Our goal is toWith our third method, our goal is to learn from previous mistakes and to keep going until we can get our transcription 100% correct, or as close as possible.
Steps 1-5 are the same as for our basic method, but we will add a “second round”:
- Study the mistakes you made in your first transcription.
- Start the activity again (either on the same day or during your next study session). This time, try to get the transcript 100% correct. Try a third time if you like.
Some further tips
Some transcripts reflect exactly what the speaker said, including filler words like “um…”, “er…” and so on. If the speaker says, “gonna”, the transcript says “gonna” and not “going to”.
This is unimportant for what we want to practise - you don’t need to transcribe filler words and shortened forms.
With a prepared talk, like a documentary, you can expect most or all of the sentences to be grammatically and structurally correct, and this makes for good practice.
However, with an unprepared talk, such as a podcast where two hosts discuss something, don’t expect sentences to be structurally correct.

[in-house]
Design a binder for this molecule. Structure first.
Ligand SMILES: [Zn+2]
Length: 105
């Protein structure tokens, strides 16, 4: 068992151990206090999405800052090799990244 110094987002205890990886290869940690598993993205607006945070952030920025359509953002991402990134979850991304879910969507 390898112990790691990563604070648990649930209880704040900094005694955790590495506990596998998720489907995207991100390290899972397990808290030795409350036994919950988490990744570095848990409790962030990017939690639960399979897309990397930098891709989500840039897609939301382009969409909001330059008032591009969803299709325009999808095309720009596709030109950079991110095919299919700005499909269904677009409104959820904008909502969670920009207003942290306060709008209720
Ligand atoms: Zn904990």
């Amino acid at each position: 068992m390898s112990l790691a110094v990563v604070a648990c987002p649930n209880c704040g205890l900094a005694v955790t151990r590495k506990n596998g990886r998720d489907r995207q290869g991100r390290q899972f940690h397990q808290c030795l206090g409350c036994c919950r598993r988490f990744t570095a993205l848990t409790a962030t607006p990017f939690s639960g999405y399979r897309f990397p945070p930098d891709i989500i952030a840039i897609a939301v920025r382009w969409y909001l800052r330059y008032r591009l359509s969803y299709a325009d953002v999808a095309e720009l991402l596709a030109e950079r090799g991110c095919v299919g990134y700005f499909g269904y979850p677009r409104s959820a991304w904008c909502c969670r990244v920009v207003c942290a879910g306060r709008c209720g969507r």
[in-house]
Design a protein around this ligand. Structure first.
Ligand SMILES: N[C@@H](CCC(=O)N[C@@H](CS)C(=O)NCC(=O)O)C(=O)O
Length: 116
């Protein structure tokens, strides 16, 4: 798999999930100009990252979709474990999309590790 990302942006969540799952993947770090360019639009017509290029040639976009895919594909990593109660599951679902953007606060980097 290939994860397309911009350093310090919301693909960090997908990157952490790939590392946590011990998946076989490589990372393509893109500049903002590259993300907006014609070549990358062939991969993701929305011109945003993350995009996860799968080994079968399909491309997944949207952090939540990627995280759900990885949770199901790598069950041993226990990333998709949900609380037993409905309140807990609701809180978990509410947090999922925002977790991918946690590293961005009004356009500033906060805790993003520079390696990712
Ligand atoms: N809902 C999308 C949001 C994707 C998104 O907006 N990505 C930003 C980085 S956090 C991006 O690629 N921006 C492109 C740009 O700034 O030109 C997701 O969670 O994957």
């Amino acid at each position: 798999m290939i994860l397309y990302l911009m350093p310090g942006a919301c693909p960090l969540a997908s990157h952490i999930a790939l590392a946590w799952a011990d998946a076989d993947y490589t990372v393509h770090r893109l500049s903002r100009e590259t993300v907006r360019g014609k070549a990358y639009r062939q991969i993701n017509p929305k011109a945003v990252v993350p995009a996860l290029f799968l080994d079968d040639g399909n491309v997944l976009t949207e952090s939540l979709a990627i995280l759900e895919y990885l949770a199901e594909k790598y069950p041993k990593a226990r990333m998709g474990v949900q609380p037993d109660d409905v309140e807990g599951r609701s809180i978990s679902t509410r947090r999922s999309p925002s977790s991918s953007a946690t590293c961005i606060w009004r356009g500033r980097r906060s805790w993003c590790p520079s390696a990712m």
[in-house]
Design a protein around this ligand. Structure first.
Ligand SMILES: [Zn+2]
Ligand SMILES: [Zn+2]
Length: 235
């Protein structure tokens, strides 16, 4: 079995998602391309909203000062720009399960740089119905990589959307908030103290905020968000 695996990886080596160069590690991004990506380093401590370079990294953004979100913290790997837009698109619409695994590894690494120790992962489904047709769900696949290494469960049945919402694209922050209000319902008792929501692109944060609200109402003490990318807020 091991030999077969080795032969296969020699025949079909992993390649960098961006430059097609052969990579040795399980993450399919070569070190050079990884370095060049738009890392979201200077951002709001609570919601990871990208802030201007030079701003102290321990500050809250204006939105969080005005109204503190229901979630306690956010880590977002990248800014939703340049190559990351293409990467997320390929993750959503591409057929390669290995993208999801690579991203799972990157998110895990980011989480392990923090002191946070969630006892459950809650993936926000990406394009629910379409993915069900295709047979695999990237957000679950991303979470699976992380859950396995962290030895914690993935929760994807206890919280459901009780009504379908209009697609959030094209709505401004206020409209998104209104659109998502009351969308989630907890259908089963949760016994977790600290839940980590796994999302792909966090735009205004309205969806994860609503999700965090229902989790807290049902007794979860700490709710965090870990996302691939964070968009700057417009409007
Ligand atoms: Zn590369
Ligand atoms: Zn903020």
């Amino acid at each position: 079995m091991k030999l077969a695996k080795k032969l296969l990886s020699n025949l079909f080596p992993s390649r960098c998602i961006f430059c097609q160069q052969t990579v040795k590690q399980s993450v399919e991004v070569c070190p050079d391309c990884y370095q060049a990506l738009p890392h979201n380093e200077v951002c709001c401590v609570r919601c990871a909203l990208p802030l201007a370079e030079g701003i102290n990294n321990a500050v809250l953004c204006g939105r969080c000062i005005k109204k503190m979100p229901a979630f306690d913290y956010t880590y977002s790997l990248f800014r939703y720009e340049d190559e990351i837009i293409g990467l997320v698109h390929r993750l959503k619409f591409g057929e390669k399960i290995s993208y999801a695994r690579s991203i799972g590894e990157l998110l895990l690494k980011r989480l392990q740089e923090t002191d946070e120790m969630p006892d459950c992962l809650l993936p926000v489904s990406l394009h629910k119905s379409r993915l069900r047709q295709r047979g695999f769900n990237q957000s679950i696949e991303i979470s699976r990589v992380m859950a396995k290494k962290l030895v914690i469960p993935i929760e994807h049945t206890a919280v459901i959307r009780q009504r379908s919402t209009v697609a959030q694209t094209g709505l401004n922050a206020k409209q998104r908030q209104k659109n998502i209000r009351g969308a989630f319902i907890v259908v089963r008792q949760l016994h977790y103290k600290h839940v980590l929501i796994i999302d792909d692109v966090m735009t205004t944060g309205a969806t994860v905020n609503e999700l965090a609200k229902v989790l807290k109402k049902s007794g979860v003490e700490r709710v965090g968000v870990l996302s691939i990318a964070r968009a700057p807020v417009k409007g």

Furthermore, you might find that the hosts get over-excited and talk on top of each other, or talk very quickly. This is why I recommend sticking to a podcast or show with a single speaker.
When selecting a podcast or talk for difficulty, try to choose one where you can understand 80% or more on your first listen. If you find a speaker or podcast that you like, stick with it and practise with further episodes.
Is there a way to slow down a podcast just a little bit, to make it easier to understand?
Yes! If you use Google Podcasts to play a podcast, you can slow it down using the feature shown below. Just look for the button next to the volume icon. Most podcast players will have similar functionality. You can also find this functionality when listening to English Learning for Curious Minds.
Don’t think of this as “cheating”. You should always make use of any tool or technique to help you learn. As you get more familiar, you can continue to increase the speed to a “normal” speed.
If you want to give yourself a real challenge, you can even increase it to faster than “normal”...
Hard… is good
Here is one final point.
I mentioned that you should choose an audio clip where you can understand 80% or more on the first listen-through. You may still find that the transcription is very hard and you may especially find that you make lots of “small” mistakes, such as writing “have” instead of “had”.
Here’s the thing: the harder it is, the more you need this kind of activity. If you make a lot of mistakes, that shows that you need to strengthen your ability to listen for details. You need to persevere.
The good news is that the more you work on this skill, the easier it gets. Soon, you will find that you are a master transcriber. And you will surely see the benefits in your English comprehension and speech.